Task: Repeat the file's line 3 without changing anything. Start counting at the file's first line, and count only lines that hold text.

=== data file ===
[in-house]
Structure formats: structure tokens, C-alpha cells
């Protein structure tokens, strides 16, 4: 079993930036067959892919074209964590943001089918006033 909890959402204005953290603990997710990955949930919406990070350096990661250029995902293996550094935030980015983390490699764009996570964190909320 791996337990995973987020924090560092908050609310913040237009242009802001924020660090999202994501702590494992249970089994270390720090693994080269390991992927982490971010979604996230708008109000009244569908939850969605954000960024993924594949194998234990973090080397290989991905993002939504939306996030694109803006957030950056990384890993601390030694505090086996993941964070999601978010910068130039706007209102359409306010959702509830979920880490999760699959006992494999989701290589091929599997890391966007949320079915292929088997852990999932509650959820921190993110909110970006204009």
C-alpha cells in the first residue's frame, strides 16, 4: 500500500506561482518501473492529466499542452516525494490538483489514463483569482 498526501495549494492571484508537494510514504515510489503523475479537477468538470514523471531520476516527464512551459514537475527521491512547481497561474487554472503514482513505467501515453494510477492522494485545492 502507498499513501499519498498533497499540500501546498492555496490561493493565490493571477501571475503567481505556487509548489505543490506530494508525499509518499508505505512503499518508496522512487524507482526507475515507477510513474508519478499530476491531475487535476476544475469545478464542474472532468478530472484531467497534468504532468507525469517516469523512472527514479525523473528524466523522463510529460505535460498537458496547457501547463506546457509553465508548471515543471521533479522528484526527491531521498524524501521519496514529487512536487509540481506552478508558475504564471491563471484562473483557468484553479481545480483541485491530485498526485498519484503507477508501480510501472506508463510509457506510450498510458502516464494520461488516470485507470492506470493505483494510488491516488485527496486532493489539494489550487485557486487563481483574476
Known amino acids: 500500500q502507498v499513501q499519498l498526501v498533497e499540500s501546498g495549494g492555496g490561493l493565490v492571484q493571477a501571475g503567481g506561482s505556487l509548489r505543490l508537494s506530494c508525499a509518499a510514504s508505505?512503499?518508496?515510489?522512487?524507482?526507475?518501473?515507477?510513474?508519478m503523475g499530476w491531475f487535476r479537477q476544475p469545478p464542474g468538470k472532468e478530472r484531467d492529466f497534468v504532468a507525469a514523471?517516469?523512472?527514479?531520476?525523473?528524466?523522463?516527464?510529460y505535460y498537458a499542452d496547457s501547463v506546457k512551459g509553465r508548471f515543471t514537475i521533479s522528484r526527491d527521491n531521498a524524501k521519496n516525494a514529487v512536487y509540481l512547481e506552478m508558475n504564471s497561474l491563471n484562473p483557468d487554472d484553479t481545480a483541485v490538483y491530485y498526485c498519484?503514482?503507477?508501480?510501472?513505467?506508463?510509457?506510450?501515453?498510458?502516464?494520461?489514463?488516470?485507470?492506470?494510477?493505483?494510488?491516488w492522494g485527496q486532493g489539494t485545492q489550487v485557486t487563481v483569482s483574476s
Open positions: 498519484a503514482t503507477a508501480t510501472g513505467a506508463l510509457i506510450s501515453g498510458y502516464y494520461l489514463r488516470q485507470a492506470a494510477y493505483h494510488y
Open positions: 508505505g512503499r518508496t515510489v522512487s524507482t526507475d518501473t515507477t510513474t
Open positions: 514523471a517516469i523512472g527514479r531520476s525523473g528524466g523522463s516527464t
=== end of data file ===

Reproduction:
């Protein structure tokens, strides 16, 4: 079993930036067959892919074209964590943001089918006033 909890959402204005953290603990997710990955949930919406990070350096990661250029995902293996550094935030980015983390490699764009996570964190909320 791996337990995973987020924090560092908050609310913040237009242009802001924020660090999202994501702590494992249970089994270390720090693994080269390991992927982490971010979604996230708008109000009244569908939850969605954000960024993924594949194998234990973090080397290989991905993002939504939306996030694109803006957030950056990384890993601390030694505090086996993941964070999601978010910068130039706007209102359409306010959702509830979920880490999760699959006992494999989701290589091929599997890391966007949320079915292929088997852990999932509650959820921190993110909110970006204009």